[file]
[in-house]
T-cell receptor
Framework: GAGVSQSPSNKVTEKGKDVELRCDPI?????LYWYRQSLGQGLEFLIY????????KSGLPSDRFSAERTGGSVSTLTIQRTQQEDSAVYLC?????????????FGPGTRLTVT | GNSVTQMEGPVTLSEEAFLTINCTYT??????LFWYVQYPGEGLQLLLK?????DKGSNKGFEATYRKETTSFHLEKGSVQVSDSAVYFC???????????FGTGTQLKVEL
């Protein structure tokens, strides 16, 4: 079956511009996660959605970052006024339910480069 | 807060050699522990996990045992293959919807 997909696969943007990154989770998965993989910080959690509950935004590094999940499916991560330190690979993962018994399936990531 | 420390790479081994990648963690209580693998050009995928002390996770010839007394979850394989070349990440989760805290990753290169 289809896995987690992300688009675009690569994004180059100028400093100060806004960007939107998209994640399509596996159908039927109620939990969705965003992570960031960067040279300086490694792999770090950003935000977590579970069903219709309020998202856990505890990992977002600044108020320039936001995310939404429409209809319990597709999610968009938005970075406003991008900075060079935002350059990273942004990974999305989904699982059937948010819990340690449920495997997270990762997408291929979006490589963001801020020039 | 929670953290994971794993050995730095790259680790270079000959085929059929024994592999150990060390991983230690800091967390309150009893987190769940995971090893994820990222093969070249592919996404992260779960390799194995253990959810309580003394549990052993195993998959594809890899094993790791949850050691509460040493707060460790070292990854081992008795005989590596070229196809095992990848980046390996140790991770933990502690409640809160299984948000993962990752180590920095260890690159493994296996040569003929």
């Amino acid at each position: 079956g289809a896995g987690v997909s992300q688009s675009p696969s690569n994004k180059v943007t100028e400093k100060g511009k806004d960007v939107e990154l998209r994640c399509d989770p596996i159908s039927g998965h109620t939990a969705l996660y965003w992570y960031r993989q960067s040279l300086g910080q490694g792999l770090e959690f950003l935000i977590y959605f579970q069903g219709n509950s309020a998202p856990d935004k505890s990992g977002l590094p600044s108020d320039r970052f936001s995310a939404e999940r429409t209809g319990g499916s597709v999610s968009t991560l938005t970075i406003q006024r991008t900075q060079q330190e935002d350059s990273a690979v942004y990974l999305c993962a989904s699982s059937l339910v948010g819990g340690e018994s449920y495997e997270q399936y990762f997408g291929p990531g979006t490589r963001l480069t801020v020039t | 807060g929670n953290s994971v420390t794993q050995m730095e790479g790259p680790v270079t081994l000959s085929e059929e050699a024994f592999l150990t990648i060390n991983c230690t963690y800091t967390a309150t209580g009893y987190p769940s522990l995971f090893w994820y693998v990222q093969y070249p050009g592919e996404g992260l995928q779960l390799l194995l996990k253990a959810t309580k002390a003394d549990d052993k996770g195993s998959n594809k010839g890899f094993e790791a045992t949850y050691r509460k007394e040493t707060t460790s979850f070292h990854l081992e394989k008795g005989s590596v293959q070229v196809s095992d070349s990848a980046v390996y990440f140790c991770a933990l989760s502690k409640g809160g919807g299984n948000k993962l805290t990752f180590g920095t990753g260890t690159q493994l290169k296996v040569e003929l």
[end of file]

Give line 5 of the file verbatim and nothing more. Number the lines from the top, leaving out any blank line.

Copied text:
């Amino acid at each position: 079956g289809a896995g987690v997909s992300q688009s675009p696969s690569n994004k180059v943007t100028e400093k100060g511009k806004d960007v939107e990154l998209r994640c399509d989770p596996i159908s039927g998965h109620t939990a969705l996660y965003w992570y960031r993989q960067s040279l300086g910080q490694g792999l770090e959690f950003l935000i977590y959605f579970q069903g219709n509950s309020a998202p856990d935004k505890s990992g977002l590094p600044s108020d320039r970052f936001s995310a939404e999940r429409t209809g319990g499916s597709v999610s968009t991560l938005t970075i406003q006024r991008t900075q060079q330190e935002d350059s990273a690979v942004y990974l999305c993962a989904s699982s059937l339910v948010g819990g340690e018994s449920y495997e997270q399936y990762f997408g291929p990531g979006t490589r963001l480069t801020v020039t | 807060g929670n953290s994971v420390t794993q050995m730095e790479g790259p680790v270079t081994l000959s085929e059929e050699a024994f592999l150990t990648i060390n991983c230690t963690y800091t967390a309150t209580g009893y987190p769940s522990l995971f090893w994820y693998v990222q093969y070249p050009g592919e996404g992260l995928q779960l390799l194995l996990k253990a959810t309580k002390a003394d549990d052993k996770g195993s998959n594809k010839g890899f094993e790791a045992t949850y050691r509460k007394e040493t707060t460790s979850f070292h990854l081992e394989k008795g005989s590596v293959q070229v196809s095992d070349s990848a980046v390996y990440f140790c991770a933990l989760s502690k409640g809160g919807g299984n948000k993962l805290t990752f180590g920095t990753g260890t690159q493994l290169k296996v040569e003929l």